Navigating After-School Emotions

Children and teens often come home with intense emotions. By understanding why, addressing the basics, and staying stable, we can help them develop emotion regulation.

mom comforting little girl

At the end of a school day, it can be hard to know who’s going to walk through the door. Will your kiddo be elated, down in the dumps, overwhelmed with energy, or a shifting mess between them all? Here are some tips on helping your child navigate their after-school emotions – so you can feel better, too!

  1. Understand Why Feelings Are Often Strong After School

Regardless of circumstance, children and teens feel emotions in a more intense way than adults. This occurs because the emotion center of the brain – the amygdala – is proliferating while the part of the brain that inhibits outbursts of feelings and behaviors – the prefrontal cortex – is not fully functional until about 25 years of age.

On top of this neuropsychological challenge, children and teens have had to “hold it together” all school day. Willpower is like a muscle, researchers have found, and it gets depleted with use. By the time our children come home, they may be unable to manage even the slightest upset, such as having their favorite snack run out.

Finally, the school day can be full of minor and major blows to their developing sense of self and esteem. According to psychologist Erik Erikson, children and teens actively and constantly comparing themselves to one another in all ways – from academics to athletics to appearance – and are trying to forge an identity through the reactions they receive about their choices and abilities. In other words, the school day is filled with “self-relevant data,” and they’re soaking every little bit up. That’s a lot to process.

  1. Address The Basics

Once we’ve understood why our kids are often not their best selves when they get home from school, the next step to navigating after-school emotions is to make sure their basic needs are met. While this is especially important for younger children, whose emotion regulation skills are less developed and therefore more vulnerable to minor disturbances, even teens benefit from having their basic needs attended to.

The after-school snack has become a cultural norm for good reason: our brains use a lot of energy, so the more they’ve thought during the day, the more they need to reload their calories. In addition, there is evidence that willpower – including emotion regulation – is boosted by enhancing blood sugar. Finally, many kids are too distracted, busy, or overwhelmed to eat enough during the school day and so need to make up the difference soon after school ends.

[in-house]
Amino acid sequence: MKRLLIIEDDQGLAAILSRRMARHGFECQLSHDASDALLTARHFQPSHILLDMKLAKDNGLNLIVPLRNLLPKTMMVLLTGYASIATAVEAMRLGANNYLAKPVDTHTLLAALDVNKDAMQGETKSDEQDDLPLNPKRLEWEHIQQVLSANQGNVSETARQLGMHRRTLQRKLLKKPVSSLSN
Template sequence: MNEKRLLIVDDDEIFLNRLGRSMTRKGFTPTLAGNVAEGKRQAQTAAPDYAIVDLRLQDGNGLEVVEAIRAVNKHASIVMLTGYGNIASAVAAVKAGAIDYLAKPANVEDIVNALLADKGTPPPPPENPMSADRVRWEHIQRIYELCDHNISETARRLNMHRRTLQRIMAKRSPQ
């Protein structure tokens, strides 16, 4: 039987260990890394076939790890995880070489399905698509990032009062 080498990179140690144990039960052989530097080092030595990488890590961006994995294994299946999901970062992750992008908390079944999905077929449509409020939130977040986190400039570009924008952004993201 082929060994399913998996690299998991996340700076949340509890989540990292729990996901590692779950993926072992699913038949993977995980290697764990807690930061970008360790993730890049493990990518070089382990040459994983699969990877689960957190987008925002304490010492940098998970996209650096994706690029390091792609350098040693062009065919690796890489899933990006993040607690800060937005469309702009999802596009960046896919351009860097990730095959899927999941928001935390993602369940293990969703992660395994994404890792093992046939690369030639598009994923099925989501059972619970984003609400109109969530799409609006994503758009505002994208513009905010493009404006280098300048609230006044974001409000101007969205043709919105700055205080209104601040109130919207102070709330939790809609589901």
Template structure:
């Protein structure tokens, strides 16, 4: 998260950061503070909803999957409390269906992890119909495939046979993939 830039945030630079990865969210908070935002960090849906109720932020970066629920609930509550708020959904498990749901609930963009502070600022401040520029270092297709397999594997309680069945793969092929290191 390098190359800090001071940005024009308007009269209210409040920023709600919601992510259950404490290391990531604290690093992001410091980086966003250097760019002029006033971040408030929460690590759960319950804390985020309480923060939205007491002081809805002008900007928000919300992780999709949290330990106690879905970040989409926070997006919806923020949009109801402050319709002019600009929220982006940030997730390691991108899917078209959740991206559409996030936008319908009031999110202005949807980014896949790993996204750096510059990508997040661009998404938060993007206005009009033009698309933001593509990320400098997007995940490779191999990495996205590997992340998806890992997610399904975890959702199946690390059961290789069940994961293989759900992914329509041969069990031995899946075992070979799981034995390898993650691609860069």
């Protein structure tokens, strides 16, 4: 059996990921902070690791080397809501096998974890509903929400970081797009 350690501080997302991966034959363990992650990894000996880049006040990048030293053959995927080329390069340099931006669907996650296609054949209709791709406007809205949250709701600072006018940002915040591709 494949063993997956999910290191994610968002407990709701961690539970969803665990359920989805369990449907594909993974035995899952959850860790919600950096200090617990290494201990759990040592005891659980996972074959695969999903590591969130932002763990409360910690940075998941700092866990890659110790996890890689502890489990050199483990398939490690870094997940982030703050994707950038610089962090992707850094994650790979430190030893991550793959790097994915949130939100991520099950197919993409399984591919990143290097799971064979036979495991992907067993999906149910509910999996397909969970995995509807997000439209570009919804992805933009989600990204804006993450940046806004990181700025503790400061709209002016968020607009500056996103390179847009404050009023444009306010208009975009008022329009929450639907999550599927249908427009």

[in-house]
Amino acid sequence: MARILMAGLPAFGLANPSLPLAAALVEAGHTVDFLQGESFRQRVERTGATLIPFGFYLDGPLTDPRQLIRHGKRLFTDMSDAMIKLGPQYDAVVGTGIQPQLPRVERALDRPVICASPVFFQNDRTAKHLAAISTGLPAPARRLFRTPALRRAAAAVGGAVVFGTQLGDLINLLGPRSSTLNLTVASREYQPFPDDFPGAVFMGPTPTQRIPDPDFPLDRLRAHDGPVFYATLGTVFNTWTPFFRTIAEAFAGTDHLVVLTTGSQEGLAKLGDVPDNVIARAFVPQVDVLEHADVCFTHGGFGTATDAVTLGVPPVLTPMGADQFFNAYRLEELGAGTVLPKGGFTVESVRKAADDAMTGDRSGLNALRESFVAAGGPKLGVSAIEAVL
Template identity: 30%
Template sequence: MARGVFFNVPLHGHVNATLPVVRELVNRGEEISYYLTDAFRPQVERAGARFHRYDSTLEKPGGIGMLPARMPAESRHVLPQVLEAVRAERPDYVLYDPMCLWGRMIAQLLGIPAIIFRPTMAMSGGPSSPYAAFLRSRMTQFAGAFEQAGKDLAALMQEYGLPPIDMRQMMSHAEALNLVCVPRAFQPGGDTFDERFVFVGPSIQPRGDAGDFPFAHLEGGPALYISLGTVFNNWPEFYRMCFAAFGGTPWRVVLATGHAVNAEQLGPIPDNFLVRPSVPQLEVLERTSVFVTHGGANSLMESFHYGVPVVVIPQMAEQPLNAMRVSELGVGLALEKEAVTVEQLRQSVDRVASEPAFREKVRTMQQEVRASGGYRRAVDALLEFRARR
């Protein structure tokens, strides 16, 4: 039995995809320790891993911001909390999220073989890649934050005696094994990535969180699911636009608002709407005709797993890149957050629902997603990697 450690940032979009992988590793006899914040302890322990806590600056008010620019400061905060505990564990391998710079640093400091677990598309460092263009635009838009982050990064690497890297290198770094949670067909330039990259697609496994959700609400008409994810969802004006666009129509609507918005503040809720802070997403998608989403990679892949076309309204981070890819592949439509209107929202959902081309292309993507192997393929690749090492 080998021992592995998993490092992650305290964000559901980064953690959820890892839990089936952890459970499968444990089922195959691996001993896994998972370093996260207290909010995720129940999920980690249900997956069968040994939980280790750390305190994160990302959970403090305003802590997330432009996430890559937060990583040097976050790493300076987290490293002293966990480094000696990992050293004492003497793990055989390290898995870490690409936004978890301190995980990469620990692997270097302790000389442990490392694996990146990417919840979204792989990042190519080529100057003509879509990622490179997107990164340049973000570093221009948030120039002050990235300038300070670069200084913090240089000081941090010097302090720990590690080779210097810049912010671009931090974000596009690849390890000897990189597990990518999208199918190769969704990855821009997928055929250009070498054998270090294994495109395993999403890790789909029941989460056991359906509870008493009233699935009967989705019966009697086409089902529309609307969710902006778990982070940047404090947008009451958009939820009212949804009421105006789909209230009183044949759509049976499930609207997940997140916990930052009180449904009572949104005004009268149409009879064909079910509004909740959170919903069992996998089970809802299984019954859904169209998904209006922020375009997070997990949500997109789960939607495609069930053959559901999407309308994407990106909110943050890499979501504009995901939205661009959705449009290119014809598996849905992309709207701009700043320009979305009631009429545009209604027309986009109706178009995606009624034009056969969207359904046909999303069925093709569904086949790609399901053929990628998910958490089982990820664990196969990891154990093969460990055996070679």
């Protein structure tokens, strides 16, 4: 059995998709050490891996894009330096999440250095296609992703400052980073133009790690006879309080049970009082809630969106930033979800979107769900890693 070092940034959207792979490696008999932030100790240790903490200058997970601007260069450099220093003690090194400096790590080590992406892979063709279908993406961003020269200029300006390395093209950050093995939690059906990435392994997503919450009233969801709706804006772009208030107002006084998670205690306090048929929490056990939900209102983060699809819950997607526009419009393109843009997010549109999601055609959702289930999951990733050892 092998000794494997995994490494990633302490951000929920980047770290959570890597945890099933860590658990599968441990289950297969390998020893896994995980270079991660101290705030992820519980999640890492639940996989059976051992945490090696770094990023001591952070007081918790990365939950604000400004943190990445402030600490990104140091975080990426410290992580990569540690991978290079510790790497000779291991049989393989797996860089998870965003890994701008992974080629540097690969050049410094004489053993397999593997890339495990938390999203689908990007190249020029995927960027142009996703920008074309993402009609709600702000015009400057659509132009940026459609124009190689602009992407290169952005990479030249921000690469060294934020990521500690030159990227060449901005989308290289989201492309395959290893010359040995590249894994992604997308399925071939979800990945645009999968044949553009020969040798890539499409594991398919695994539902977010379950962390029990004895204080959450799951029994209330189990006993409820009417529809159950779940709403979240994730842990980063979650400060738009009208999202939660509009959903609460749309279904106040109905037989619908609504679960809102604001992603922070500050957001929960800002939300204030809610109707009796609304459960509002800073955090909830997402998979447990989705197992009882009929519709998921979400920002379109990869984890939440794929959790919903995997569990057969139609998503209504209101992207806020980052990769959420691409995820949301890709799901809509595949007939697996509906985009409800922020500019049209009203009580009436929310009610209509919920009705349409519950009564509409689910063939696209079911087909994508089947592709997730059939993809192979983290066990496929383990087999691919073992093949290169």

Giving the body a chance to rest can also be invaluable for emotional resilience. While you may believe in the importance of doing homework right away, if your child is showing intense emotions during this immediate homework time, it’s worth considering whether a short break before continued action might make a difference in performance.

The “basics” for each child are also very individualized. Some kids, especially young ones, can’t control their emotions as well when they need to use the bathroom, for instance, and others might need snuggle time to feel reassured after a long day apart. Knowing what’s worked for your child in the past – even if it was years ago – can give you clues about what to try in the present.

  1. Listen Without Fixing

Simply being present for our children at the end of the day has been found by researchers to be invaluable – especially during the teen years. They might not want to talk, and the ubiquitous “nothing” response to our questions can make us feel like we’re not needed. That said, by being present and available, information about their day may come spilling out.

Some of that information may feel alarming. They’ll suddenly mention a peer who has been saying hurtful things on the playground or over social media, for instance, or they’ll announce that they “never” plan to do a certain activity they’ve previously loved “ever again.” It’s natural to want to jump into fix-it mode when they provide information like this – especially when we believe it may be underlying their foul mood. They’re likely to clam up, though, if we immediately start throwing out advice and “you should”’s – especially if they’re a tween or teen.

Sometimes they simply need to vent the information and feel heard (which we can do by saying things like “that sounds difficult”), and that’s all it takes for their mood to shift. If more is needed, we can ask, “would you like help thinking of ways to work through this?” and, if so, empower them to solve their challenges by brainstorming together and helping them choose their course of action.

  1. Watch For Patterns

While empowering our children is often the best tack to take for their long-term emotion regulation, there are situations where we’ll need to intervene. For instance, repeated mentions of harm done by the same peer, any mentions of abuse or neglect perpetrated on them or others, or longstanding patterns in their emotions regardless of circumstances all warrant a proactive response from us. Contacting your child’s pediatrician and/or teacher in these situations is a good place to start.

In general, our kids’ big feelings after school tend to result from fatigue and overwhelm and are actually a sign of their sense of security at home. While it can be frustrating in the moment, serving as a stable presence teaches children emotion regulation practices will set them up to be able to handle harder and longer days as they grow up.